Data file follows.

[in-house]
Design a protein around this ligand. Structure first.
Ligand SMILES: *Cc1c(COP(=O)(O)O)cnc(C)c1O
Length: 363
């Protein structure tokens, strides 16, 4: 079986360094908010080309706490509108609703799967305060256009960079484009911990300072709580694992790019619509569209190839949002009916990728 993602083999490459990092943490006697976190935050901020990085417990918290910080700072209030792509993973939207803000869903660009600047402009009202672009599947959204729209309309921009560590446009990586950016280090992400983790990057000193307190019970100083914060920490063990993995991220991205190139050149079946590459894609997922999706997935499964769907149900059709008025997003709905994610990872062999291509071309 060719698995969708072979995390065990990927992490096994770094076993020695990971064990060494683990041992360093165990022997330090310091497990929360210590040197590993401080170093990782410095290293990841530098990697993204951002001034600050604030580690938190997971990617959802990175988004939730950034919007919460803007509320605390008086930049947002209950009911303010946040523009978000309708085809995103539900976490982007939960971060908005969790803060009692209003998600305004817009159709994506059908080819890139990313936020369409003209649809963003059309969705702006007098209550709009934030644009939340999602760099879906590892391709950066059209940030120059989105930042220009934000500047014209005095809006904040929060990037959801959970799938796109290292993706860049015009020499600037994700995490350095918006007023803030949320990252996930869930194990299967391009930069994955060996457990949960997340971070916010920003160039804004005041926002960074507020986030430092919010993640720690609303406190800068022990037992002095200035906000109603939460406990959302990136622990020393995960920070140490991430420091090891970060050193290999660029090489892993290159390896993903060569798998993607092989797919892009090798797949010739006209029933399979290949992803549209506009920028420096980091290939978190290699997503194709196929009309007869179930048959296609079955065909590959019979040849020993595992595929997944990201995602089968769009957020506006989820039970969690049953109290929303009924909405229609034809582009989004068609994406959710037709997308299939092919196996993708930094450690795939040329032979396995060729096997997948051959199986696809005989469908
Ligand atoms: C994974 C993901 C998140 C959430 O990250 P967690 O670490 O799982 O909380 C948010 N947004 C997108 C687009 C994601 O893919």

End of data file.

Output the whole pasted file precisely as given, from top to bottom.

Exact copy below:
[in-house]
Design a protein around this ligand. Structure first.
Ligand SMILES: *Cc1c(COP(=O)(O)O)cnc(C)c1O
Length: 363
């Protein structure tokens, strides 16, 4: 079986360094908010080309706490509108609703799967305060256009960079484009911990300072709580694992790019619509569209190839949002009916990728 993602083999490459990092943490006697976190935050901020990085417990918290910080700072209030792509993973939207803000869903660009600047402009009202672009599947959204729209309309921009560590446009990586950016280090992400983790990057000193307190019970100083914060920490063990993995991220991205190139050149079946590459894609997922999706997935499964769907149900059709008025997003709905994610990872062999291509071309 060719698995969708072979995390065990990927992490096994770094076993020695990971064990060494683990041992360093165990022997330090310091497990929360210590040197590993401080170093990782410095290293990841530098990697993204951002001034600050604030580690938190997971990617959802990175988004939730950034919007919460803007509320605390008086930049947002209950009911303010946040523009978000309708085809995103539900976490982007939960971060908005969790803060009692209003998600305004817009159709994506059908080819890139990313936020369409003209649809963003059309969705702006007098209550709009934030644009939340999602760099879906590892391709950066059209940030120059989105930042220009934000500047014209005095809006904040929060990037959801959970799938796109290292993706860049015009020499600037994700995490350095918006007023803030949320990252996930869930194990299967391009930069994955060996457990949960997340971070916010920003160039804004005041926002960074507020986030430092919010993640720690609303406190800068022990037992002095200035906000109603939460406990959302990136622990020393995960920070140490991430420091090891970060050193290999660029090489892993290159390896993903060569798998993607092989797919892009090798797949010739006209029933399979290949992803549209506009920028420096980091290939978190290699997503194709196929009309007869179930048959296609079955065909590959019979040849020993595992595929997944990201995602089968769009957020506006989820039970969690049953109290929303009924909405229609034809582009989004068609994406959710037709997308299939092919196996993708930094450690795939040329032979396995060729096997997948051959199986696809005989469908
Ligand atoms: C994974 C993901 C998140 C959430 O990250 P967690 O670490 O799982 O909380 C948010 N947004 C997108 C687009 C994601 O893919």